Is Cava a Catalan wine?

This question, coming from a Swiss friend of mine some years ago, is entirely appropriate. The official answer is “not always”. The Cava DO growing area is scattered all over Spain as well as in Catalonia, usually overlapping other DOs.

However, over 95 % of Cava is produced in Catalonia, and most prestigious brands are Catalan. And a last detail: only in Catalonia it is widely regarded as a wine fit not only for celebrations but also for drinking with a full meal or standalone.

Cava is a sparkling wine made with the traditional method (aka Champenoise) of double fermentation, the second one in the final bottle, using approved grape varieties grown in the Cava DO land. When the DO Cava was created, the de facto situation was officially recognized, granting Cava status to most quality sparkling wine produced in Spain at that moment, taking as the defining factor the use of traditional method.

How is Cava elaborated?

The traditional method starts with a dry base wine produced from approved grapes in a normal way, this being the first fermentation. This wine is filled into the Cava bottles (tiratge), together with a portion of tiratge liquor, containing must or sugar and yeast. The bottle is then closed with a crown cap or, in the more traditional houses, a Cava cork.

The yeast eats up the sugar in the second fermentation, generating the carbon dioxide that remains in the bottle. After second fermentation, bottles are left to age at least 9 months, with their necks down. They are then gradually moved (riddling) into an almost vertical position so as to deposit the lees in the neck next to the cap.

The last phase (degorjat) is freezing the neck and opening the bottle. The pressure of the carbonic (usually 6 bar) expels the frozen lees and the bottle is refilled with the expedition liquor, one of the best kept secrets of any Cava producer. It can contain sugar and other ingredients mixed with the wine itself. The final cork is then inserted and secured with a capsule and a wire cage.

Some selected wineries execute manually the degorjat, without freezing and with the aid of highly skilled personnel.

Lesser, easier methods used for the production of sparkling wine elsewhere include second fermentation in large tanks or simple carbonic injection into the still wine, the same process used for soft drinks.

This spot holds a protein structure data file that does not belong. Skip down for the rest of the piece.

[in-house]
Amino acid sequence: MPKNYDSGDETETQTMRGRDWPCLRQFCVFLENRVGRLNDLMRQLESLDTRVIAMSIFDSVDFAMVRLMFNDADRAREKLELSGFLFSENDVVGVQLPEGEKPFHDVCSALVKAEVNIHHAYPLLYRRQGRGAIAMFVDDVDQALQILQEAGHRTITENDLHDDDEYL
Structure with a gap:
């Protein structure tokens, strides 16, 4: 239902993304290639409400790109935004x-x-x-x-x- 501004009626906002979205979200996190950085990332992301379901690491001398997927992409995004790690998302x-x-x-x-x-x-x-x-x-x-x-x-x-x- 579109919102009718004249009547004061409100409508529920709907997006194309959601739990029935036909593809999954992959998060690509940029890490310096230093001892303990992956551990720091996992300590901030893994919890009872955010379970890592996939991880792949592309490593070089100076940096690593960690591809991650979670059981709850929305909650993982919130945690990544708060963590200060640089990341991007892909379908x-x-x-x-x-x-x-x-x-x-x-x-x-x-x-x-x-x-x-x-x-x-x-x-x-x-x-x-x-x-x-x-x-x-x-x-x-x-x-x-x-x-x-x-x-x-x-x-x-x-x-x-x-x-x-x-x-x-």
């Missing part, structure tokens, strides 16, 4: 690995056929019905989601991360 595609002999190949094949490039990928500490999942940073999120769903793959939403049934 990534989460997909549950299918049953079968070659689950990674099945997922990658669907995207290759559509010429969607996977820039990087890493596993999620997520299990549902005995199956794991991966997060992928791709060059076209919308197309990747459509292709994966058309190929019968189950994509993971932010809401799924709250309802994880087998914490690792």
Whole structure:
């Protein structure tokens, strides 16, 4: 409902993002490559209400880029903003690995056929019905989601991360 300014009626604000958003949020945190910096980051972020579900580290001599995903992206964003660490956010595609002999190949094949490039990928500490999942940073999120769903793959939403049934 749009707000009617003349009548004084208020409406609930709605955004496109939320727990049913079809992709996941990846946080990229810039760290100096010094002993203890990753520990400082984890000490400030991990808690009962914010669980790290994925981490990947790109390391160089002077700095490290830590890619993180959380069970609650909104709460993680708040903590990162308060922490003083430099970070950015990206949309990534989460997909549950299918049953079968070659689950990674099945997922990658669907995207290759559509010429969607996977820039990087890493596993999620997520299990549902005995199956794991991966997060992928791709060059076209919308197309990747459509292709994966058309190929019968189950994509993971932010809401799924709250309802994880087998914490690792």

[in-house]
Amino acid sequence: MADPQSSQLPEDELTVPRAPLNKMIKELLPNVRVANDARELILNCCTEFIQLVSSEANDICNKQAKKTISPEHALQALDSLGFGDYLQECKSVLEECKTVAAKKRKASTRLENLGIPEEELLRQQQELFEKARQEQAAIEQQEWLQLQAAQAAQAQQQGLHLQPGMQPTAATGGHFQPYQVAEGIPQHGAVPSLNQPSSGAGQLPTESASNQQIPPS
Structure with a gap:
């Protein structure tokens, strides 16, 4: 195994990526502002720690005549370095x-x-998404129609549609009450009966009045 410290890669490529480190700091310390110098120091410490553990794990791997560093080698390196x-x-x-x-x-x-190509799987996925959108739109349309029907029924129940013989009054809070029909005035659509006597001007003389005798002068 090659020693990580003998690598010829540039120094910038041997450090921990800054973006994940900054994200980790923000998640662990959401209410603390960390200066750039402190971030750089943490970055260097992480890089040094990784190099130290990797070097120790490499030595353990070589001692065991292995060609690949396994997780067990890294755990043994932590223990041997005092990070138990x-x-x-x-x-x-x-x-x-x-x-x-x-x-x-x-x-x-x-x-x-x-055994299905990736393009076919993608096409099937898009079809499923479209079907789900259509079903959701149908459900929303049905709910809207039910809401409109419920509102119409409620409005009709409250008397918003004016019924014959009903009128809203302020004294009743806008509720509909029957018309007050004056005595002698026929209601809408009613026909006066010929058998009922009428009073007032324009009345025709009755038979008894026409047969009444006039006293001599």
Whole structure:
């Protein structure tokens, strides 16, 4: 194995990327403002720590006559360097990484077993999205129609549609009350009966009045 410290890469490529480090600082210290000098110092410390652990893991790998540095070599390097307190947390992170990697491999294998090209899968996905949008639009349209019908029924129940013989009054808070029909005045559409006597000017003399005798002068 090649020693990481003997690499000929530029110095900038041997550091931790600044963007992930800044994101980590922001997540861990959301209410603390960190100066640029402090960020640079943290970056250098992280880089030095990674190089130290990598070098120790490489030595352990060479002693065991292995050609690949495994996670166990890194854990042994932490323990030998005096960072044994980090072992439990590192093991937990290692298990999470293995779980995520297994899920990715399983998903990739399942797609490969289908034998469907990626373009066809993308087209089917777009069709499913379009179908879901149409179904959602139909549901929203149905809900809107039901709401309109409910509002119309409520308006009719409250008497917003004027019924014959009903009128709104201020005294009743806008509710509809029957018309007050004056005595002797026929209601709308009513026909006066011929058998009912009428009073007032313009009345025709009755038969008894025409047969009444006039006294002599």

What kinds of Cava can we find?

First of all, colour. Most Cava is white, but rosé is becoming increasingly fashionable, with some remarkable wines.

The amount of sugar present in the final wine is used to categorize Cava as Brut Nature, Extra Brut, Brut, Extra Sec, Sec, Semi-Sec and Dolç. Most prestige Cavas are Brut Nature or Extra Brut, and there are cheap sweeter Cavas of disappointing quality, but in principle sugar content is not a direct factor in Cava quality.

Another classification is according to aging, calculated as time between tiratge and degorjat. Standard Cava needs a minimum of 9 months; Reserva implies 15 months, and Gran Reserva 30 months. Gran Reserva Cava must come from a single vintage; standard and Reserva can be produced from wines of different vintages.

With such a geographical definition it is easy to understand that Cava is anything but uniform. The method may be the same, the grape varieties, to a certain extent, are also common, but the diversity of climates and soils is considerable.

On top of that, there are other variables, not mutually exclusive, that come into play to differentiate Cava producers. Let us examine the two main ones: 

  • Big vs. small: in the Cava world there are two giants, Codorniu and Freixenet, which dominate the market in terms of quantity. A handful of other companies aim to join them at the top, but usually through mass production of lower quality Cava. On the other hand, most high quality Cava comes from the smaller wineries.  
  • Innovative vs. traditional grape varieties: some producers use Chardonnay and Pinot Noir, while others stick staunchly to Parellada, Xarel•lo and Macabeu, the trinity of Cava varieties, on the grounds that the use of the Champagne varieties detract from Cava personality. Some other local varieties, like Trepat, are now finding their way to Cava bottles.

Which are the best producers?

Codorniu and Freixenet, the two giants, have interesting wines hidden among their vast medium quality range. However, best quality can be found in smaller wineries. This would be my personal selection of Catalan Cava producers:

When to drink Cava?

The first idea that comes to mind is a celebration with Cava. However, Cava is much more versatile than that. Not only can we drink Cava (perhaps a Brut or Extra Brut Reserva) with many fish-based foods; a Brut Nature or Extra Brut Gran Reserva will be excellent with red meat and fowls, respectively, and a quality sweet Cava is perfect for dessert as well. And in a hot summer day, a light, fruity, crisp Brut can be delicious and refreshing.

  • Drink Cava within the first year after degorjat. Some quality Cavas will show the date in the label
  • Check the cork. It should lose its mushroom appearance and revert to its original cylindrical shape minutes after opening (otherwise degorjat was too long ago, see picture below), and show a four pointed star in the face in contact with the wine
  • Use long, thin glasses, not short, wide ones
  • Experiment with different foods and Cava types

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